The FP+ is a "cordless" electric kettle. That is, the kettle removes for pouring from the unit that supplies power to it. The kettle can be placed on the power connector throughout all 360 degrees of rotation.
Among fast electric kettles, however, even aside from the presspot option (which we'll get to below), the FP+ is unique. Every other electric kettle is made primarily of stainless steel or high-temperature plastic. There are those (we are not among them) who are certain that they can taste the metallic edge that boiling water in a stainless vessel is thought to impart; and plastic is renowned (or notorious) for imparting a taste to beverages stored in it.
Except for the heating surface at the floor of the FP+, the entire surface of the FP+ that touches the water to be boiled is made of borosilicate glass. The FP+ is the only "mostly glass" electric kettle. Moreover, it is priced well below the Russell Hobbs 3123 or the Bosch-Siemens Porsche Design kettles. Simply as an electric kettle, therefore, the FP+ is an outstanding value.
But the FP+ is more than an electric kettle. It is supplied with at least two (for reason unknown, ours was supplied with three) tops: one (or, in our case, two) of these tops are "just" tops, but also are an integral part of the safety system. They lock onto the handle of the pot to retain water vapor, steam, and heat inside; but they also have a hole that feeds steam (when the water boils) directly to a paddle that, from the steam pressure, mechanically shuts off the unit when the water comes to a full boil. (The unit _can_ operate with the top in the unlocked position, in which case, the top would blow off, relieving pressure, when the water boils.) The tops also have silicone seals with rake-like perforations near the pouring spout to give a final filtering-out of any stray coffee grounds.
There is also a boil-dry shut-off circuit in the unit.
But there is another top supplied. This one has an integrated stainless plunger screen just like that in the larger Bodum and Bonjour presspots.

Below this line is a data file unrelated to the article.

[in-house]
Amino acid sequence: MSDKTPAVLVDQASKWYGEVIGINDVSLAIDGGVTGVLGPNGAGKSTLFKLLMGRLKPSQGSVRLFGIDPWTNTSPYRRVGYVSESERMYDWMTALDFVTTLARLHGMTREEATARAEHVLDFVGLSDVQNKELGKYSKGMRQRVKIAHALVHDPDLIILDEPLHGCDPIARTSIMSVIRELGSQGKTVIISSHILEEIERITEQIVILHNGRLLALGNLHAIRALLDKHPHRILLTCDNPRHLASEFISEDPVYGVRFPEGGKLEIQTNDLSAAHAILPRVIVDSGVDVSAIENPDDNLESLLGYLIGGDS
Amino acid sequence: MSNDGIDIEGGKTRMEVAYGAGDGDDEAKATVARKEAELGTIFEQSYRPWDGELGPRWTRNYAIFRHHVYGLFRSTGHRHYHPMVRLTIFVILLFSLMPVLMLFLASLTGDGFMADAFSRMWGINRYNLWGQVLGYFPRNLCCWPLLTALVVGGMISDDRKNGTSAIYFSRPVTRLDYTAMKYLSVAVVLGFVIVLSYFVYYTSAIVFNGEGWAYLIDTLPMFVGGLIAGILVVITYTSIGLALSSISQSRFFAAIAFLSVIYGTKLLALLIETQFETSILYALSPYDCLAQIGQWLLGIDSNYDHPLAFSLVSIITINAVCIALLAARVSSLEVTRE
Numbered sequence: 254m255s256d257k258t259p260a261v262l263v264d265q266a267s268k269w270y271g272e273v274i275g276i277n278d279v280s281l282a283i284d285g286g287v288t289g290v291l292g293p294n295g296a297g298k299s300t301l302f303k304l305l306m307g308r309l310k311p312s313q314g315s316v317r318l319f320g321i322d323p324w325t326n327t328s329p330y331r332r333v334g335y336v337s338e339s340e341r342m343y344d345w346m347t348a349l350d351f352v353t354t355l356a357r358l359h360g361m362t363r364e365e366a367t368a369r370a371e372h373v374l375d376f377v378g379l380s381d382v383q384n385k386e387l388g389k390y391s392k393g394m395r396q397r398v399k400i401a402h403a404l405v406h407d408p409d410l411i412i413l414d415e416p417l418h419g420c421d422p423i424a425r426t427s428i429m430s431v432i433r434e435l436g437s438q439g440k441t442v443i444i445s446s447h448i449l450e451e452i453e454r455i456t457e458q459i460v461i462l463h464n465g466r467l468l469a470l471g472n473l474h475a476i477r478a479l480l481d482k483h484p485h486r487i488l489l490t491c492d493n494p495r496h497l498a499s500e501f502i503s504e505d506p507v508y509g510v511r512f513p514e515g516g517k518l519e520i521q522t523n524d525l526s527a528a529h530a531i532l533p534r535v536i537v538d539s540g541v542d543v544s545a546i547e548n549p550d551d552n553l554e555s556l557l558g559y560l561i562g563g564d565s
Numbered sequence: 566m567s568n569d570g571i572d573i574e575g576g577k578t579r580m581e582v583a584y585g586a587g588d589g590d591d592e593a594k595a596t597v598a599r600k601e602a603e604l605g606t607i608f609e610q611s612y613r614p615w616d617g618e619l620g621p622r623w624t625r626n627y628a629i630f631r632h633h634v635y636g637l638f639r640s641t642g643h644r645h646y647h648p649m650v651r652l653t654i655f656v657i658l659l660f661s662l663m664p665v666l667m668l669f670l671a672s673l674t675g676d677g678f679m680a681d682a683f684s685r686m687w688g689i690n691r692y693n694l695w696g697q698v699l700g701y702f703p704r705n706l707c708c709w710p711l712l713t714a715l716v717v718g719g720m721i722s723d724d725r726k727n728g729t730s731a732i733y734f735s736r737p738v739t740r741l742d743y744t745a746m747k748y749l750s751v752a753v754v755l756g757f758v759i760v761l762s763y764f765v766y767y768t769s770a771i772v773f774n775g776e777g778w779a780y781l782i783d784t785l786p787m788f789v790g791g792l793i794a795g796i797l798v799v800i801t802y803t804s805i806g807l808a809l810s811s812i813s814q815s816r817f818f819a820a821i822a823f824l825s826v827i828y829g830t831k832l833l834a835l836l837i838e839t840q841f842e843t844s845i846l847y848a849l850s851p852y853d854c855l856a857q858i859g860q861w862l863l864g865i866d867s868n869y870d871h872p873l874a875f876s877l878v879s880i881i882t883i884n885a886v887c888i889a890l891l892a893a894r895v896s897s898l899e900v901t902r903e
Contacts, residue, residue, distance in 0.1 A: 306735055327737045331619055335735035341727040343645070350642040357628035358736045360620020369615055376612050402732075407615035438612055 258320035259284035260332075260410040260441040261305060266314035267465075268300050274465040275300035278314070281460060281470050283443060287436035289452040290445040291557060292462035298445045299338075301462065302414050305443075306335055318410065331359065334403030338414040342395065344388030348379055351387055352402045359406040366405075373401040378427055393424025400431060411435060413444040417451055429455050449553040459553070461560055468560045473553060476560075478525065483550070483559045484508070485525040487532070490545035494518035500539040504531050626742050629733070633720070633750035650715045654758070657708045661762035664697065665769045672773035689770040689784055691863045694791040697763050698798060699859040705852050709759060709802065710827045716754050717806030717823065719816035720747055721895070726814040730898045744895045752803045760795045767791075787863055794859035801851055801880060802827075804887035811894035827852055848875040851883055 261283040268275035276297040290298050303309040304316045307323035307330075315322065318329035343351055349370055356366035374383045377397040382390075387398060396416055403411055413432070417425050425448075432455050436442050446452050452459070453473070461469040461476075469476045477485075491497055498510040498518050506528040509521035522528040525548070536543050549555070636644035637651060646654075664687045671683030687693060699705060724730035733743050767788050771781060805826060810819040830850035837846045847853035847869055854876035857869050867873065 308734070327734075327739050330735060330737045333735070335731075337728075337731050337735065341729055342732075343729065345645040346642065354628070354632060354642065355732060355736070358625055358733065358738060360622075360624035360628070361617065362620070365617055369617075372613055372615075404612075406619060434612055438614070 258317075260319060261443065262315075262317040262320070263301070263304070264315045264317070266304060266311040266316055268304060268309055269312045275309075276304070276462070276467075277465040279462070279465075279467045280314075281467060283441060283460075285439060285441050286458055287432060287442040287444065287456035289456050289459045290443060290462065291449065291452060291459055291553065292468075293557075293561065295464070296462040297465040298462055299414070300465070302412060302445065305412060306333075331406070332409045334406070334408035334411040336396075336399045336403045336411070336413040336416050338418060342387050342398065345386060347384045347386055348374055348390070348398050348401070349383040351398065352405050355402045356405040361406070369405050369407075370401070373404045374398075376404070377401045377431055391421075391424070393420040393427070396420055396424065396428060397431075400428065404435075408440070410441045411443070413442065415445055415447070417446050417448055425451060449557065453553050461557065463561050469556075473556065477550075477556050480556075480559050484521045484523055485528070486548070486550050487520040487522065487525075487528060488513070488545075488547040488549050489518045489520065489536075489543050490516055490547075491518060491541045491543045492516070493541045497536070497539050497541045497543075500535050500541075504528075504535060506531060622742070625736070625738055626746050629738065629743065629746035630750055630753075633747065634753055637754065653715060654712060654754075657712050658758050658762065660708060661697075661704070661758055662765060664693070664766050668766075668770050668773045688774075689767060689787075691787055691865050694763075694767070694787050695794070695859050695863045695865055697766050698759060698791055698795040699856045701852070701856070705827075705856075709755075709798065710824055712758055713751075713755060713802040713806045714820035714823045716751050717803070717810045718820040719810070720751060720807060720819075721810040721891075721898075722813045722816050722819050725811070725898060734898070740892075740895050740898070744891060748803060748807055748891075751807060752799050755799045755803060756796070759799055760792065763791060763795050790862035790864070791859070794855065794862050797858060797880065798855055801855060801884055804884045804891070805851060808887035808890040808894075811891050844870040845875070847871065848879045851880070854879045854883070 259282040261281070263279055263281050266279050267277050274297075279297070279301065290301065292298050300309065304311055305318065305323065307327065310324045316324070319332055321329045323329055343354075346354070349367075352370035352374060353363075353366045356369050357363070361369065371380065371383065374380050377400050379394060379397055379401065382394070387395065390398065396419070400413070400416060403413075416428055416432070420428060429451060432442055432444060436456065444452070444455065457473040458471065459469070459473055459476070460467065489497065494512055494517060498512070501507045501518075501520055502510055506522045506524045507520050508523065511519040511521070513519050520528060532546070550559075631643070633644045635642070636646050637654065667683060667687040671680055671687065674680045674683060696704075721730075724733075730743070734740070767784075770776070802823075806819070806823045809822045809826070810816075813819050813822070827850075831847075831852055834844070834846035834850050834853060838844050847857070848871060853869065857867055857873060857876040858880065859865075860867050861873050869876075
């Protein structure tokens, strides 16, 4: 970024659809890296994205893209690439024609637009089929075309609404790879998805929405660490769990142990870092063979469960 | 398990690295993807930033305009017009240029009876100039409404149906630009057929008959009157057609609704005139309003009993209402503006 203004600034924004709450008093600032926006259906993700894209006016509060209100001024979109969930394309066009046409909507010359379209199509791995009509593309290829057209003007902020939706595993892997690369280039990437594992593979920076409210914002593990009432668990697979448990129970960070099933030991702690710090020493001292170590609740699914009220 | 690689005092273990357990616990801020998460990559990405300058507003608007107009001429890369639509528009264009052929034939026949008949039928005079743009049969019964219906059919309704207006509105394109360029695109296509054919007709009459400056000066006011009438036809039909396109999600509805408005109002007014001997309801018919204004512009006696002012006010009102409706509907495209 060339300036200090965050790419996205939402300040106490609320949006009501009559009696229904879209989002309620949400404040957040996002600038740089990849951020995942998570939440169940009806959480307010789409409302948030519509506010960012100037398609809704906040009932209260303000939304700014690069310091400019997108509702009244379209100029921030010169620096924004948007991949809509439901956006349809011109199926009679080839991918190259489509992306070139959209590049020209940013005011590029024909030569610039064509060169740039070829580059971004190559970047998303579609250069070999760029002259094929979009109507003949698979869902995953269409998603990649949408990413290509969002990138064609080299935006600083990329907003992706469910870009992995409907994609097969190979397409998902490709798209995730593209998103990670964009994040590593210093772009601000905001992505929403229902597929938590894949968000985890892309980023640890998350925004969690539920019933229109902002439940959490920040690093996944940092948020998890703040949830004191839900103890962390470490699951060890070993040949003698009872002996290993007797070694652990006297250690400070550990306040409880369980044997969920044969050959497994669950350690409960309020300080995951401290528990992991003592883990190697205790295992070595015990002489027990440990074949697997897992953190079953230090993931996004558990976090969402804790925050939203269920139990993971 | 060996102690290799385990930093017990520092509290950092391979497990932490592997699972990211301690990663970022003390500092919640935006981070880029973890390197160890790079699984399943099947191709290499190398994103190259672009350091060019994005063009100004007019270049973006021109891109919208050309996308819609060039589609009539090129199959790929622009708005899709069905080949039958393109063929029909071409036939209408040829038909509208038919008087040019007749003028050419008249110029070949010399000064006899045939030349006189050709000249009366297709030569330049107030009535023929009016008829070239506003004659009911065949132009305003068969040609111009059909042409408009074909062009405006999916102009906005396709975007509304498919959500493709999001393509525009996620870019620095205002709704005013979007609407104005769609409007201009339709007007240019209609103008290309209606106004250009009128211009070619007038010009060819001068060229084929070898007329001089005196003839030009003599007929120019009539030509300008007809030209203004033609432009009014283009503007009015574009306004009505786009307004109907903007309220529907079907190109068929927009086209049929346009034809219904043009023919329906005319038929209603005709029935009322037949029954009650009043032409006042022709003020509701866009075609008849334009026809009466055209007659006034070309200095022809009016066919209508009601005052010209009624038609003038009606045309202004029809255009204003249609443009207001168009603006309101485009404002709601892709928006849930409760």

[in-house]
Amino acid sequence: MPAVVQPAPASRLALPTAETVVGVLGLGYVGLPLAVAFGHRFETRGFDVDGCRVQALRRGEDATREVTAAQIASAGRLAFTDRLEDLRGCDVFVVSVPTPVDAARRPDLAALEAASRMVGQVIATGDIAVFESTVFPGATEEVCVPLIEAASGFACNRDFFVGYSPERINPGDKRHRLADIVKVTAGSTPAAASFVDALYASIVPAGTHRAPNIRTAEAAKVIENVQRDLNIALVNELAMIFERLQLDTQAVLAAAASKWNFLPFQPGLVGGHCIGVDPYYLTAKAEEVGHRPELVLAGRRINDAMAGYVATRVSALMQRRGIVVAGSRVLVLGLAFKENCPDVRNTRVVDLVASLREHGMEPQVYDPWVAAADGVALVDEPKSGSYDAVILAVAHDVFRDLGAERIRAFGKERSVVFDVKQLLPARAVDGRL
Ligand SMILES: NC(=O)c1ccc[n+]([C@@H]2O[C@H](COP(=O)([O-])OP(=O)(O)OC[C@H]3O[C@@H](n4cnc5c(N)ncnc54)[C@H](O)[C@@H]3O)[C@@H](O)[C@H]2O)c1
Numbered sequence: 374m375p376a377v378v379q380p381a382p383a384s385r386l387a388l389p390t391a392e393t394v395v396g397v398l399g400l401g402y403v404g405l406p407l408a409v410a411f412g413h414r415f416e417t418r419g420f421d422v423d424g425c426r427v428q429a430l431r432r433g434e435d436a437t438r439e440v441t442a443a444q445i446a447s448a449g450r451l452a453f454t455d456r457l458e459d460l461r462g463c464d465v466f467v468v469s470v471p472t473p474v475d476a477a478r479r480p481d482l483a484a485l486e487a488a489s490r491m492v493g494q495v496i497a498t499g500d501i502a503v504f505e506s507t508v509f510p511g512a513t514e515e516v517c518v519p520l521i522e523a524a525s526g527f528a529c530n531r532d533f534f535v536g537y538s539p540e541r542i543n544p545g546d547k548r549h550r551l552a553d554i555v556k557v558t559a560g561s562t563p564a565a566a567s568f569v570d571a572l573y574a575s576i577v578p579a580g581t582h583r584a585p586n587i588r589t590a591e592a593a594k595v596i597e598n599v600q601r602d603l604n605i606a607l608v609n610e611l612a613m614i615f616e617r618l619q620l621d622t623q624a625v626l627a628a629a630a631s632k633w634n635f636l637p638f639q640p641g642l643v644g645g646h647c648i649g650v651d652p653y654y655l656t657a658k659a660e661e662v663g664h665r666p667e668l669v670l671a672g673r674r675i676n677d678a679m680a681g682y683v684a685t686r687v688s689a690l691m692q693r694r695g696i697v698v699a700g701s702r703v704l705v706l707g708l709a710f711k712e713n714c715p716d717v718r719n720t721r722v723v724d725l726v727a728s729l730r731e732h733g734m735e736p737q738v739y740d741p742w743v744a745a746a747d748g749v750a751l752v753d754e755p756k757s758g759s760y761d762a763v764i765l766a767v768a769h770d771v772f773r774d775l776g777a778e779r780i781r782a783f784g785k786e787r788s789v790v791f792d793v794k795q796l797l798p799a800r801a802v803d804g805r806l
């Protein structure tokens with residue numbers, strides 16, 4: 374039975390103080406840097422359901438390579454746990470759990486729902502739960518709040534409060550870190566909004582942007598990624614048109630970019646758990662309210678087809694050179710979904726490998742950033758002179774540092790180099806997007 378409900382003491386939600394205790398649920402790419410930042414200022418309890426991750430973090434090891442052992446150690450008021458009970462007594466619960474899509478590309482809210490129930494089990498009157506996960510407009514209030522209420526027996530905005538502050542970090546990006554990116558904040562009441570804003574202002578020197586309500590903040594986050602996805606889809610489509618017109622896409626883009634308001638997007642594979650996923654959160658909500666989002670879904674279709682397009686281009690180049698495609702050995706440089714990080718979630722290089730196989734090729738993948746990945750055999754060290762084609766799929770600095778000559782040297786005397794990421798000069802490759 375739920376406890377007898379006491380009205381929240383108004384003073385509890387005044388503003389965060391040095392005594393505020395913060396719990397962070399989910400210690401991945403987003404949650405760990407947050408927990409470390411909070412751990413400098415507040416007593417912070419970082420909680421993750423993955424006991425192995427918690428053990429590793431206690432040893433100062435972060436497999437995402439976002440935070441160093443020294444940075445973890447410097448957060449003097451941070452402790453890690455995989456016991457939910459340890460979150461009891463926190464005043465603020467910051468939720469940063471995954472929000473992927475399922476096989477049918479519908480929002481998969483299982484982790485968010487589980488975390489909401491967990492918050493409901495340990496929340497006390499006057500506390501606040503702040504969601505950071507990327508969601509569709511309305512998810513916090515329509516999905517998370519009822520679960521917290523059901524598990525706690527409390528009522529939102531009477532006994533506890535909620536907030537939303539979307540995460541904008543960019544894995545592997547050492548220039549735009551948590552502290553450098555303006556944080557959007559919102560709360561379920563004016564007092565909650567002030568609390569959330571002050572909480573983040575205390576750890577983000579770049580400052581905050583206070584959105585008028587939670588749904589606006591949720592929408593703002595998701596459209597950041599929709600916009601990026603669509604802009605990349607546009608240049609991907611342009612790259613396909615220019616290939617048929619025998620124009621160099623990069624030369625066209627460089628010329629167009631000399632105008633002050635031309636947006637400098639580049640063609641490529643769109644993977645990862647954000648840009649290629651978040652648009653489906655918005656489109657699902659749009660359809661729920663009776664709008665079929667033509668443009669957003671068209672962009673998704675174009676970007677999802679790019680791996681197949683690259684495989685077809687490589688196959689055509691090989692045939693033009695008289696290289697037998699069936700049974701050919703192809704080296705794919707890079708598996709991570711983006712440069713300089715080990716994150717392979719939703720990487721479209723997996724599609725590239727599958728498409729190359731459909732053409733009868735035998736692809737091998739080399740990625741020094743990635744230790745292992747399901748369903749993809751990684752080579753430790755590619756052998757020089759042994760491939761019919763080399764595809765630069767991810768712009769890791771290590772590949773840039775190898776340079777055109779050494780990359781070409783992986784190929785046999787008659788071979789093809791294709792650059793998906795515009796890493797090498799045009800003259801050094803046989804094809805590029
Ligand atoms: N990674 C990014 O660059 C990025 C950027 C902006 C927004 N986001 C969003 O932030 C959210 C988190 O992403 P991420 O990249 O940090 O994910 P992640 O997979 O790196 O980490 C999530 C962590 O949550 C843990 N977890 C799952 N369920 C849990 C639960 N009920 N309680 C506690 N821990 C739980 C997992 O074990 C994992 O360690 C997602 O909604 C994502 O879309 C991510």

NOTE: the one-liter (32 oz.) Bodum presspots are slimmer (smaller diameter) than the FP+. The FP+ has the same brewing _capacity_ of the one-liter Bodums, but has the cylinder _diameter_ of the 1.5 liter (48 oz.) Bodums. Although the height and diameter of the FP+ are similar to the 1.5 liter Bodums, unlike the Bodums, the top third of the FP+ is not used for boiling water or brewing coffee.
The technique that Chef's Choice recommends for brewing with the FP+, set out in good detail, with excellent illustrations, at <http://www.edgecraft.com/french.html>, will immediately strike veteran presspot users as -- well -- different. Whereas with a pour-over "manual" presspot, one pours the hot water over the coffee grounds, in the FP+, the coffee grounds are added to the top of the hot water.
Experienced and sharp-eyed presspot users will note other departures from traditional nonelectric presspots. First, Chef's Choice recommends the use of a _lot_ of ground coffee per pot. Second, when the brew process begins (and throughout the brewing process), the water temperature -- if Chef's Choice's directions are scrupulously followed -- is several degrees higher than _can_ be achieved, even employing pot preheating, in a manual presspot, and (perhaps) hotter than optimal for the best-tasting extraction. See the temperature chart at <http://www.edgecraft.com/brew.html>. Third, Chef's Choice's recommended steeping time is definitely on the long side compared to Bodum's recommendations for their manual presspots.